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  1. #1
    Join Date
    May 2013
    Posts
    8

    Ceneterprise advertisement

    I personally prefer proprietary software for commercial use. You might pay more upfront, but with open source I feel like you will pay more overtime because of support. Unless you have some really skilled programmers, I don't see a reason to go with the open source route.

    Our company (Data Integration Software | .NET ETL | Data Mapping Software - Astera Software) has a proprietary commercial software and it works really well. Take a look at it for yourself. (Centerprise Data Integrator 5.0)

    Also, I have used Talend Open Studio and I can see that it is probably a great application, but I had a tough time using it. I'm not really tech-savvy and that is why it was easier for me to use our software because of the fact that it is already packed with features in a clean way.

  2. #2
    Join Date
    Feb 2004
    Location
    In front of the computer
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    15,579
    This was posted in http://www.dbforums.com/marketplace/...ce-charge.html but was moved here as an advertisement.

    -PatP
    In theory, theory and practice are identical. In practice, theory and practice are unrelated.

  3. #3
    Join Date
    May 2013
    Posts
    8
    What does everyone think about open source vs. commercial software?

    (Centerprise Data Integrator 5.0)

  4. #4
    Join Date
    Feb 2004
    Location
    In front of the computer
    Posts
    15,579
    I see advantages and problems with both commercial and Open Source solutions.

    With commercial software, the primary problems are:
    1. The cost to purchase the product
    2. The cost for ongoing support
    3. The risk of the company ceasing to sell or support the tool


    With Open Source Software, the primary problems are:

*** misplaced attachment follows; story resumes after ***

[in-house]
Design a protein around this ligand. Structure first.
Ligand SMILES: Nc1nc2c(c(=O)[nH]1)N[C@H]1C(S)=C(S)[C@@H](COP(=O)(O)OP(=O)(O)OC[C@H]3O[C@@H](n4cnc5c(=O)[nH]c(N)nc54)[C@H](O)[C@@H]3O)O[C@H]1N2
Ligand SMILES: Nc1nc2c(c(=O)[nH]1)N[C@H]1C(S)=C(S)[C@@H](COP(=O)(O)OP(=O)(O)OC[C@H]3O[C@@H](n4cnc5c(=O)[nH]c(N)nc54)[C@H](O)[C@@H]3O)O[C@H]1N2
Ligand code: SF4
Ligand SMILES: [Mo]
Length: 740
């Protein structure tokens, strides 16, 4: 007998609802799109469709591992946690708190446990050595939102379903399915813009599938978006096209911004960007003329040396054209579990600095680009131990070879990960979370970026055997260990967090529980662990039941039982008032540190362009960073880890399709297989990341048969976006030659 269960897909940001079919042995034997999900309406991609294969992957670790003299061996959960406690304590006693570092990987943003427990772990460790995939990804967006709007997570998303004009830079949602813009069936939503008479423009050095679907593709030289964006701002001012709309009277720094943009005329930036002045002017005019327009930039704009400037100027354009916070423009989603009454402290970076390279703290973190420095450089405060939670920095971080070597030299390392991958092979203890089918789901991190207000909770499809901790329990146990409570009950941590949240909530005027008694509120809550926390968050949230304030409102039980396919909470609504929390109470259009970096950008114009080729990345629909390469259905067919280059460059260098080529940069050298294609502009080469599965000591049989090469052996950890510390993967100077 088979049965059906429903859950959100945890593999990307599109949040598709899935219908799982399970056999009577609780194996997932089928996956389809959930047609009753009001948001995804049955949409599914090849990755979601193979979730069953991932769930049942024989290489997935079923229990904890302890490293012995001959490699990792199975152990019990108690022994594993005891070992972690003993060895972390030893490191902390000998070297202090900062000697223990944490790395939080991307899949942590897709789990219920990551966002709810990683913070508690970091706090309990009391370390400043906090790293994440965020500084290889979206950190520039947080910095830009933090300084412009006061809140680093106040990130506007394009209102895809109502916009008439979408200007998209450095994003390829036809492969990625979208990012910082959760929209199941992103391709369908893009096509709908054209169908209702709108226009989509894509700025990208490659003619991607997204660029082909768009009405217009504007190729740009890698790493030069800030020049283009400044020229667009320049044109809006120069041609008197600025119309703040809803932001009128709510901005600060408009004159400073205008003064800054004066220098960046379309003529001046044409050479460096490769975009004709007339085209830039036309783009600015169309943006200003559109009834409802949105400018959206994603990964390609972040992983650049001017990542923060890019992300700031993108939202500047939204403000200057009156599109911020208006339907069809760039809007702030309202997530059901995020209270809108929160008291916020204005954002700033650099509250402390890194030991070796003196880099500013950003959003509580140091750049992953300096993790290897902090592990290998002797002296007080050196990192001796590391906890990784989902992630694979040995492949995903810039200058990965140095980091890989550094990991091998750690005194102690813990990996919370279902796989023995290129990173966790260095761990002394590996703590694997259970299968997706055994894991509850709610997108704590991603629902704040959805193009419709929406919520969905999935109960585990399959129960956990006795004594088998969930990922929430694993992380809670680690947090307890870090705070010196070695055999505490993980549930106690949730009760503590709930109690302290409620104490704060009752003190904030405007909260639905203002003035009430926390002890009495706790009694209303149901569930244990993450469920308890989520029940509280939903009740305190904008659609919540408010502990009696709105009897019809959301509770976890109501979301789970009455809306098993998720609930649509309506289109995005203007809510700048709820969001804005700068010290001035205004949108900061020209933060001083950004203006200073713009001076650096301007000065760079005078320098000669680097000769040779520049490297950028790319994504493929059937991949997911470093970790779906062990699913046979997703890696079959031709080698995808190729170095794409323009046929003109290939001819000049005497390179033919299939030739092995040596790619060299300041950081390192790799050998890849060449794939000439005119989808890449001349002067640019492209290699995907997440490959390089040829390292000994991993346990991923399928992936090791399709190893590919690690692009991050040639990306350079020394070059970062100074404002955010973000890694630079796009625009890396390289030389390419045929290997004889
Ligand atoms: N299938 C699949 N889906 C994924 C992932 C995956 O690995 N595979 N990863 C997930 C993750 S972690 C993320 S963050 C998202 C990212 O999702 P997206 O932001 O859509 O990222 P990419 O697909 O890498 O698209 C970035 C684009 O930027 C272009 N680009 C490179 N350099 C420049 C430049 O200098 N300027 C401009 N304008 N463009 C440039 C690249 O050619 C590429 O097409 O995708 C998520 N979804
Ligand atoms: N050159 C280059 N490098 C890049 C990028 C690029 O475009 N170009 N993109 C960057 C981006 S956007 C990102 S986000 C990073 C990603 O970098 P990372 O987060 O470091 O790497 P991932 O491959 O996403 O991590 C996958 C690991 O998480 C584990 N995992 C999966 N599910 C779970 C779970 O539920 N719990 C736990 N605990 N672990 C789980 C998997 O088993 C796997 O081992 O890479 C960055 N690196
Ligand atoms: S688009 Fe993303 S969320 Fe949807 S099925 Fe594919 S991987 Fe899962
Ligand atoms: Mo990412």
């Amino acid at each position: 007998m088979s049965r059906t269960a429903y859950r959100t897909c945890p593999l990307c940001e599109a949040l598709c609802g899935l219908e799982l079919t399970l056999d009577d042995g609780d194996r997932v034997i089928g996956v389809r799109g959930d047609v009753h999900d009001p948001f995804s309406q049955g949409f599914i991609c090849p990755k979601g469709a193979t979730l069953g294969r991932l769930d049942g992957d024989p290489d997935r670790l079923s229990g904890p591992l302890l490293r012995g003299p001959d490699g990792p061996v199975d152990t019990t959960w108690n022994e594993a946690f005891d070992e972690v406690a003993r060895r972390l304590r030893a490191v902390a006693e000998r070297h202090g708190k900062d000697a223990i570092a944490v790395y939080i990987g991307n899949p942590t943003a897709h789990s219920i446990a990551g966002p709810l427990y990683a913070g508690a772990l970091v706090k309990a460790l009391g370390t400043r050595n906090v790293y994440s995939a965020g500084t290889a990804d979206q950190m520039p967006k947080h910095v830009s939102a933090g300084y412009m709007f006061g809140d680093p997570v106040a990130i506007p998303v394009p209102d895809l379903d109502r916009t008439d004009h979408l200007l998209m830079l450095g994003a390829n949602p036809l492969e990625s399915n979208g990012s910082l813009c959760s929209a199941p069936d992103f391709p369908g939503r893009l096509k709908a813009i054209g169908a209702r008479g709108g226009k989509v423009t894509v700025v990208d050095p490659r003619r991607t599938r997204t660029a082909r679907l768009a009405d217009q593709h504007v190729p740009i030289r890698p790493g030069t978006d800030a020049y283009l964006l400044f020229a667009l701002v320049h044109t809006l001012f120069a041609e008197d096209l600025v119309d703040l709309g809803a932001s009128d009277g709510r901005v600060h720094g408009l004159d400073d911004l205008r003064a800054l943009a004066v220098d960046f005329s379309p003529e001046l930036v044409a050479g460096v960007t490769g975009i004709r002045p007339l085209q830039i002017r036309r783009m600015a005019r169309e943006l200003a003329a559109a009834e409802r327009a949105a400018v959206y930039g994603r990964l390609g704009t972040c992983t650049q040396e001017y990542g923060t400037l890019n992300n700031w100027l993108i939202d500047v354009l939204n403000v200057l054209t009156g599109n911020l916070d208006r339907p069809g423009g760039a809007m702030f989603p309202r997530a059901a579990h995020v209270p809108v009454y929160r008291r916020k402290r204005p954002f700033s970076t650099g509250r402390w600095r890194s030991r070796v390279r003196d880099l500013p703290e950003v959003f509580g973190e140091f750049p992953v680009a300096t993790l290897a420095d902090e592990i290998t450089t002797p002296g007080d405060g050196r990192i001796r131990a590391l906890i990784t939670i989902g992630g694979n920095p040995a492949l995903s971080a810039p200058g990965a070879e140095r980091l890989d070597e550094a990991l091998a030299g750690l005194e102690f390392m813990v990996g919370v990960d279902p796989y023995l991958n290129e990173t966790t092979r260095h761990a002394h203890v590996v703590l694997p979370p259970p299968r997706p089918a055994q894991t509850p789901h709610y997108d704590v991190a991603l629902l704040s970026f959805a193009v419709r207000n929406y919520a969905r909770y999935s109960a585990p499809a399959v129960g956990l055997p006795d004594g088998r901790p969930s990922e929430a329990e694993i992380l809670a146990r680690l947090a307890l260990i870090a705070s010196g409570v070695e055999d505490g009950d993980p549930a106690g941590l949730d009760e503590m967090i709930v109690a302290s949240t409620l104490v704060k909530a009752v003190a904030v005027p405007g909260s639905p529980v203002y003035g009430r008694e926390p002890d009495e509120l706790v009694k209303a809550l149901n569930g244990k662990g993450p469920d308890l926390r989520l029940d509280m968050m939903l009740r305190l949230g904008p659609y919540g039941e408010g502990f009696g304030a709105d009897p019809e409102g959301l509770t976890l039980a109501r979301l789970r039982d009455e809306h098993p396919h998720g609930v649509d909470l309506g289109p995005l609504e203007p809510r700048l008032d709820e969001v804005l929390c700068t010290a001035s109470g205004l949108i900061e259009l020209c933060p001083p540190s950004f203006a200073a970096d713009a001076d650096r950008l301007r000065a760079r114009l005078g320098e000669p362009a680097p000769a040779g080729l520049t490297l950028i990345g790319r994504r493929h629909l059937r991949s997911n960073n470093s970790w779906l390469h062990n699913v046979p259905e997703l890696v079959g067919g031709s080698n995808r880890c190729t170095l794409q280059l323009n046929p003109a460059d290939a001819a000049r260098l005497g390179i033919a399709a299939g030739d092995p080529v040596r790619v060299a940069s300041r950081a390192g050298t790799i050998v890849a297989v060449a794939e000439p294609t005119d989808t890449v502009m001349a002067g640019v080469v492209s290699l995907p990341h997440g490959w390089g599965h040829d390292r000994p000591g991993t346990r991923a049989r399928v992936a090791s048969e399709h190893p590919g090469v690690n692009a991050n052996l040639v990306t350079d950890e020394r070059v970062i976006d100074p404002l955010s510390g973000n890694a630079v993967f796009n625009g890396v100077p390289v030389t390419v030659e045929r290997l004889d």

1. Support ranges from excellent (and usually expensive) to DIY (Do It Yourself, often more expensive)
    2. The often hidden costs of finding and retaining qualified IT support to the business.
    3. The often overlooked cost of lost opportunities that are readily available for commercial software


    There are lots of excellent, high quality packages that often end up going "head to head" between commercial and Open Source software. Based on a number of independent studies, commercial software costs more up front, Open Source costs more over the life of the product. As a direct correlation to that cost, if you find and manage the right IT staff the end user and customer satisfaction with Open Source can be higher than commercial software but this is very, very rare.

    Both sides have distinct characters and their own costs and benefits. People tend to find one side or the other more appealing and develop a nearly religious fanaticism. In the long run most businesses do better (are more profitable) in the long run using commercial software, although the exceptions to the rule are usually huge.

    -PatP
    In theory, theory and practice are identical. In practice, theory and practice are unrelated.

  5. #5
    Join Date
    May 2013
    Posts
    8
    Great Analysis Pat. I personally like the idea of commercial more just because I'm not real tech-savvy when it comes to coding or programming. If I were a manager of a company who was starting some sort of data integration project, I would like to be able to use the software and understand it without assistance from a programmer.

    I have tested out an open source ETL tool (will not disclose name) and I thought it was a little bit too complex for me. I have used Centerprise Data Integrator and on the first try I was able to feel comfortable enough with the software. I have also used another ETL tool (will not disclose name) and I though that one was also just as simple to use and easy to get comfortable with.

    (Centerprise Data Integrator 5.0)

  6. #6
    Join Date
    Jun 2003
    Location
    Ohio
    Posts
    12,592
    This being an open forum, there's no reason not to disclose the names of the products you tested, along with the product of the company you work for.
    If it's not practically useful, then it's practically useless.

    blindman
    www.chess.com: "sqlblindman"
    www.LobsterShot.blogspot.com

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